A few months ago, I got a call from my friend Ken who lives Clifton Park. Ken called to talk about an invention he has been working on in his spare time (podprops.com) and it was fascinating to hear how a simple idea progressed from just an idea to a product soon headed for production. But the real reason for Ken’s call was this: With production pending, it was time for him to come up with more cash and he wondered if borrowing against his 401K was a good idea.
Before I answer that question, there are a few things I need to cover.
The first is the fact that Ken has been with a major corporation in Albany for 15-plus years. Having used his personal savings up in the first few months of his invention’s development, the majority of his savings now sits in the very employer-held 401k he was considering tapping.
The second is that the IRS does allow you to borrow from your 401K, either up to $50,000 or 50 percent of the account value, whichever is less. While the IRS does not count those funds as income and it waives the 10 percent penalty if you are under age 59-1/2 , it does charge interest, usually the Prime Rate plus 1 percent, but the interest paid goes back to your own account.
Given Ken was only looking to borrow $20,000, well below the $50,000 and 50 percent marks, he thought this all sounded pretty good.
Here’s where I interjected the not-so-happy realities of working with the IRS as a financial partner.
The major downside of borrowing against your 401k is that if you lose or quit your job, the money you borrowed must be paid back within sixty days of your last day of employment. If the money isn’t paid back within sixty days it becomes taxable income and potentially subject to a 10 percent penalty if the borrower is younger than 59-1/2 years of age.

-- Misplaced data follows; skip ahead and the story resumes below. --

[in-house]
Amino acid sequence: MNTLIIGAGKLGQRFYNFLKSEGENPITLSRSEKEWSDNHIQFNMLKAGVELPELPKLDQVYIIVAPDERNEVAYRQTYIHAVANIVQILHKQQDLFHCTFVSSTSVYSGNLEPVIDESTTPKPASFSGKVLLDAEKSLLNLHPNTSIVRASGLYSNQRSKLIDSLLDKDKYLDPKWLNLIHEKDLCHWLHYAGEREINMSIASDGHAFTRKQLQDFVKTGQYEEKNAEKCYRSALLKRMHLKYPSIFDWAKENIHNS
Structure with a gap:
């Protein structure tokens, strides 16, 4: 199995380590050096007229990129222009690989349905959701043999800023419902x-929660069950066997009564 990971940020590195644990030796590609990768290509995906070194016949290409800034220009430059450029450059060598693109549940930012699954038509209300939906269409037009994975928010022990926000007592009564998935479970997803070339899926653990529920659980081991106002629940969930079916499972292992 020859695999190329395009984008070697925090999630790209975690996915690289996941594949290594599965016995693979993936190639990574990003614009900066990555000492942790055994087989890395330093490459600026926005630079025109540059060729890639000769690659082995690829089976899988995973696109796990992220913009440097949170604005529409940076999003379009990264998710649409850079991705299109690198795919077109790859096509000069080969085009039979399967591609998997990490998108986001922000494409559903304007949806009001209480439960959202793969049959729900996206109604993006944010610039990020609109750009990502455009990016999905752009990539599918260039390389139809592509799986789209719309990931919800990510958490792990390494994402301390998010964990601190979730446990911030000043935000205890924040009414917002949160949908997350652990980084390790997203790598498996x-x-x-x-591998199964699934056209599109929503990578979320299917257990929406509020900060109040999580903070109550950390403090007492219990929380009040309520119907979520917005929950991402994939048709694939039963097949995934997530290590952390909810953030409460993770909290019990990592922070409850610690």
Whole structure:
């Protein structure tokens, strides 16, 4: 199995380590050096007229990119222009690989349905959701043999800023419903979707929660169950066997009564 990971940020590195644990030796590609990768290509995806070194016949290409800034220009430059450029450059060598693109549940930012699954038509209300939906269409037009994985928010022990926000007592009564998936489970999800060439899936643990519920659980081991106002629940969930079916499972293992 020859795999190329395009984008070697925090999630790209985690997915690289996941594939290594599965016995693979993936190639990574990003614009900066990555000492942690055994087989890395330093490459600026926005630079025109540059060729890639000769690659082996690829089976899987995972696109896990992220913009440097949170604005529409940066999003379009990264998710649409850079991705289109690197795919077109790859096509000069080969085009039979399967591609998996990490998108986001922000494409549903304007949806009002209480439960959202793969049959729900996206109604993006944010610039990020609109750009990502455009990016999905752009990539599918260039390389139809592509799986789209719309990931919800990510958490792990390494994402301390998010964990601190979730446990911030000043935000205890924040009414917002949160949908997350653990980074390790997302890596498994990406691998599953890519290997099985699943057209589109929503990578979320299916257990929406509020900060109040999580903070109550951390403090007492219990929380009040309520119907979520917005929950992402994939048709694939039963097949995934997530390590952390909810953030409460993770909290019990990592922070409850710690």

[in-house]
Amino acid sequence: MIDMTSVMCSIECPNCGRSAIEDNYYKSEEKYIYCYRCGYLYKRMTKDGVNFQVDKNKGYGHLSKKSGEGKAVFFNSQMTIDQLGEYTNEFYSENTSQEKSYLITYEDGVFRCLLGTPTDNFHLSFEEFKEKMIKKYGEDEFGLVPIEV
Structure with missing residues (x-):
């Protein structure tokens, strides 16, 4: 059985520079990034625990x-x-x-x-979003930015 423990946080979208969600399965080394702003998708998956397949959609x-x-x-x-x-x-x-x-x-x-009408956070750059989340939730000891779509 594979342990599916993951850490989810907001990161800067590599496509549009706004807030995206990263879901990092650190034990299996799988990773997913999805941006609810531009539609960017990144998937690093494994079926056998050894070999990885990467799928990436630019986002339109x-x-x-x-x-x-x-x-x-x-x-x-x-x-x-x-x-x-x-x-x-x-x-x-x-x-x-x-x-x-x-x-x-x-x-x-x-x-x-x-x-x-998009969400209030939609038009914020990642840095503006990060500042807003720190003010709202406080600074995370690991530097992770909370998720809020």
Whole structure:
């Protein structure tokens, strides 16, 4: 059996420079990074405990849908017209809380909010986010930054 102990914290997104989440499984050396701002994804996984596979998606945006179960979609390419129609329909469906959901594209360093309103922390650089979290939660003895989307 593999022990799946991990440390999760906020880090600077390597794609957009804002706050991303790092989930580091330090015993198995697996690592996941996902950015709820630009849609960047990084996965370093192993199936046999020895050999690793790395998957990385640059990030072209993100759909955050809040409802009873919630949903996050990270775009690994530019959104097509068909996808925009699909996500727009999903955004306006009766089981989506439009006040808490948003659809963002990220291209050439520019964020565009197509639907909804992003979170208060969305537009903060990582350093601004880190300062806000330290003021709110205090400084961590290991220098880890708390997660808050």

Because like most people who borrow against their 401K, Ken has depleted all other savings resources, the likelihood that he’ll be able to come up with $20,000 within sixty days of losing his job and avoid the subsequent tax bill is a pretty big long-shot.
There’s also the whole matter of missed opportunity costs.
If Ken plucks $20,000 from his 401k today, that money won’t be growing in his account tomorrow or the day after. Plus, the money borrowed must be repaid within five years. In order to cover that expense, many people simply reduce their plan contribution further decreasing their retirement savings.
Then there’s a whole tangle of additional IRS rules and restrictions that further limit what you can and can’t do and at what expense. It’s important that you tease each and every one of those out before seriously considering borrowing from your 401k. In most cases, it should only be used as an absolute last resort.
As it turns out, Ken didn’t need to sort through the regulations to determine the 401k loan route wasn’t for him. Instead he got creative and found funding through the crowd funding website kickstarter.com.
So now, even if Ken’s employer were to suddenly go out of business or outsource his position, he’ll still be on pretty solid ground. While he still has debt, there isn’t a sixty-day clock ticking loudly with the promise of a whopping 10 percent penalty and additional taxes if he misses a deadline.
As far as I can see, Ken’s only real concerns of the moment are:
1) seeing his product through production
2) funding a round of drinks for me for the good advice.
Ken, I’ll be waiting for your call.
Jason MacGregor, principal of Minich MacGregor Wealth Management in Saratoga Springs, is a fee-only adviser who provides investment advice to individual company retirement plan participants.